Five ways to play the oil price rally
A fourth straight drop in US oil inventories and the announcement that OPEC’s Algerian summit could lead to production cuts are both boosting oil prices this morning, to the benefit of not just drillers and equipment suppliers but potentially the whole FTSE 100.
In some ways the higher the oil price goes the better it is for the FTSE 100, at least in terms of earnings and particularly dividends. This means there are several ways in which investors could address a sustained advance in oil prices. In order, from least risky to highest, investors have plenty of choice. The more risk that is taken the greater potential reward if oil keeps rising but equally the potential downside would be greater should the rally fizzle out.
1. UK equity tracker fund
BlackRock UK 100 Equity tracker is an Oeic and comes with an ongoing charge fee (OCF) of just 0.06%. BP and Shell both feature in its list of top five holdings with a combined weighting of around 7.5%. The SPDR FTSE All-Share ETF performs the same function and also has top-five weightings in BP and Shell.
2. Actively managed UK equity fund
According to oilprofit.de, a lot of the top performers in the UK Equity Income category have low weightings in the oils so they have a big decision to take, as to whether to jump back in or not. One fund which already has top-five positions in both BP and Shell is Schroder UK Alpha Income, run by fund manager Matt Hudson.
3. Energy-themed fund
One option to consider here is the ETFS US Energy Infrastructure ETF (exchange traded fund). Listed on the London Stock Exchange, this tracker follows a basket of 24 American energy pipeline, storage and logistics firms, a lot of whose share prices have fallen hard alongside the actual oil price. The tracker offers a dividend yield above 6% and could rally if oil makes sustained gains.
4. Oil tracker
Investors may want to avoid stock specific risk and just follow the oil price. ETFS Crude Oil ETC tracks the US benchmark, West Texas Intermediate, and ETFS Brent Crude the equivalent European oil benchmark. Note that both trackers follow a basket of oil futures prices, not the spot price, and both use synthetic replication (derivatives) to achieve this. Besides movements in the oil futures, investors are also exposed to the roll yield and collateral yield for their total return on investment.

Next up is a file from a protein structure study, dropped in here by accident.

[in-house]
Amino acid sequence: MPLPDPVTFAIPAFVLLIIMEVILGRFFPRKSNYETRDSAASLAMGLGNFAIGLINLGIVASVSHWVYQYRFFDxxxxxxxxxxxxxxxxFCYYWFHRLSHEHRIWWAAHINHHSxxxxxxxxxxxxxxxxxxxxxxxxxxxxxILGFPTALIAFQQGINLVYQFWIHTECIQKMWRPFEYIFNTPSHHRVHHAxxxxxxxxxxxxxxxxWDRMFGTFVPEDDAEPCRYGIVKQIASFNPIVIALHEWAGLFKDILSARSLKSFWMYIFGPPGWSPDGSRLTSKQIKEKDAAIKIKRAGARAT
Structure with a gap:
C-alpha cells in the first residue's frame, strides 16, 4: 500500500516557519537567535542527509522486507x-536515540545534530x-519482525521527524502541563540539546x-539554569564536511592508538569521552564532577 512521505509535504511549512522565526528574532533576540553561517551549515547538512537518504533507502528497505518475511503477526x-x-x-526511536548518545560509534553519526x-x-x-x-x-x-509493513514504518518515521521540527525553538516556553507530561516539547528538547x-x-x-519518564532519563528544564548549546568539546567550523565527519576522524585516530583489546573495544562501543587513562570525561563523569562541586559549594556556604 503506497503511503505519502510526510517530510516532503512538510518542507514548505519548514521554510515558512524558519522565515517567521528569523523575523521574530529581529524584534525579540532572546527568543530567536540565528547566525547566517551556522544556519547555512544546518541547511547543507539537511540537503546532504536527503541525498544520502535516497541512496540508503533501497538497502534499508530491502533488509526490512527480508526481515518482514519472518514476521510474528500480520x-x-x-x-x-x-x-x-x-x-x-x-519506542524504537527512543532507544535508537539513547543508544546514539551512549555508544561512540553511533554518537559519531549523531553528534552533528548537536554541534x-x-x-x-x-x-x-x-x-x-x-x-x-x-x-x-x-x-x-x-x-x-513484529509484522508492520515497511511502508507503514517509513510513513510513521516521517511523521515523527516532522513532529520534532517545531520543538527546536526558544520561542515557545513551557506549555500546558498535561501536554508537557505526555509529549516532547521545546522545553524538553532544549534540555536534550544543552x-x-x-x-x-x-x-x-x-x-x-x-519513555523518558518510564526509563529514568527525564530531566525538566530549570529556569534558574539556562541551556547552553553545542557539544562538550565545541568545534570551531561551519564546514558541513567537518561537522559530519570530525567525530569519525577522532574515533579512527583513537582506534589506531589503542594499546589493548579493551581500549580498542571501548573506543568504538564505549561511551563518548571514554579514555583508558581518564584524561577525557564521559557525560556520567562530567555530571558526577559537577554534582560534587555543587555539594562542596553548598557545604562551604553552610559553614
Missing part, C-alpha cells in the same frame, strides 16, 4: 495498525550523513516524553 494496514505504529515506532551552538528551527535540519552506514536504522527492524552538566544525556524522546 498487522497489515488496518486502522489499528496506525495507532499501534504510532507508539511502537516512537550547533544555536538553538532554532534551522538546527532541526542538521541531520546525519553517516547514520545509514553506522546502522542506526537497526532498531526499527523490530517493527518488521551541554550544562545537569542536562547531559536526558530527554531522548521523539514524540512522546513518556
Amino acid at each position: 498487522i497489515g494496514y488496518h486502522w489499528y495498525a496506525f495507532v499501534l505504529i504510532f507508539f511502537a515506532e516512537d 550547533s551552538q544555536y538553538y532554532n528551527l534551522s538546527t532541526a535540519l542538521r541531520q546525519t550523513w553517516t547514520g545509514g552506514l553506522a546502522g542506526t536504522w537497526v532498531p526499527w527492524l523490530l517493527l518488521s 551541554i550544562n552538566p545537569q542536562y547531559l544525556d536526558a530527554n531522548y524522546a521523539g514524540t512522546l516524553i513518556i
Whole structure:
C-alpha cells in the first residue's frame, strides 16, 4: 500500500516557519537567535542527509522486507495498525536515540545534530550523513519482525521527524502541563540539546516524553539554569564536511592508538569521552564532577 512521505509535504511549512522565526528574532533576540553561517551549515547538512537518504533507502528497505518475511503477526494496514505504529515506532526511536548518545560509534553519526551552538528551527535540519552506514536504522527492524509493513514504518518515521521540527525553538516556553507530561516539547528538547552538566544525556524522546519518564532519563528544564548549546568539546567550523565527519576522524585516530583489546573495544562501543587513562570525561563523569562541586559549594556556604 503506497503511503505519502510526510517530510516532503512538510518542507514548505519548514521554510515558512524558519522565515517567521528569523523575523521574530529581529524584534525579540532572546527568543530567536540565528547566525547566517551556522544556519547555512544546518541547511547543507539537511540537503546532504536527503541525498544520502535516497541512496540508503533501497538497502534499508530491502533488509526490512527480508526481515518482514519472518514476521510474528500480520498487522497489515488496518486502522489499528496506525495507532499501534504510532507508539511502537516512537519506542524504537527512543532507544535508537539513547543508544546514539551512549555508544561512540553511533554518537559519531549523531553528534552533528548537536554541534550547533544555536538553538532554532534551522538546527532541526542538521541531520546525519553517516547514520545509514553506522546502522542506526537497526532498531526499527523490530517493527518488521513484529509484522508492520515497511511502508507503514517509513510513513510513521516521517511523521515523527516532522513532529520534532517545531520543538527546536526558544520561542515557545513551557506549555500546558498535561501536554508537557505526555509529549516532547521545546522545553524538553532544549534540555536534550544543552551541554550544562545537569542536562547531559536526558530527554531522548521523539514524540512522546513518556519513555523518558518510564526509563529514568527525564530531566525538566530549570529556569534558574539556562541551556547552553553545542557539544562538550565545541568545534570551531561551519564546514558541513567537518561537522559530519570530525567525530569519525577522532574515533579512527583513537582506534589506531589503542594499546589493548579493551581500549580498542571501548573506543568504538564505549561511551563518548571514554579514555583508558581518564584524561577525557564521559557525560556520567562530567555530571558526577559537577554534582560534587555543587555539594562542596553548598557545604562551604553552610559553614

5. Oil stocks
BP and Shell have both been hit hard by the slump in oil so it would be reasonable to expect their share prices to respond positively if oil does forge a sustained price recovery, not least as this would give greater comfort on their plump-looking dividend yields, which are in the 7-8% region.
Less well developed, pure play producers like FTSE 250 firms Cairn and Tullow could also benefit, but the operational and exploration risks are higher here, and then the riskiest oil plays are the AIM-quoted junior explorers which may not even be producing or have a find, but whose share prices could welcome more positive sentiment toward their industry.
Fixed-income investors will doubtless be watching the bonds issued on the London Stock Exchange’s ORB platform with interest. Issued with a 5% coupon the 2020 Premier Oil bond offers a yield to maturity of 11.8% and the EnQuest 5.5% 2022 paper offers 21.2% as both trade well below par, owing to fears about how a long run of low oil prices could leave their balance sheets looking very stretched.
If oil makes great gains and holds on to them this could ease the pressure on both firms, boosting the price of their shares and their bonds but the very high coupons involved make it clear that the risks are very high and neither is suitable for widows or orphans.
Russ Mould is investment director at AJ Bell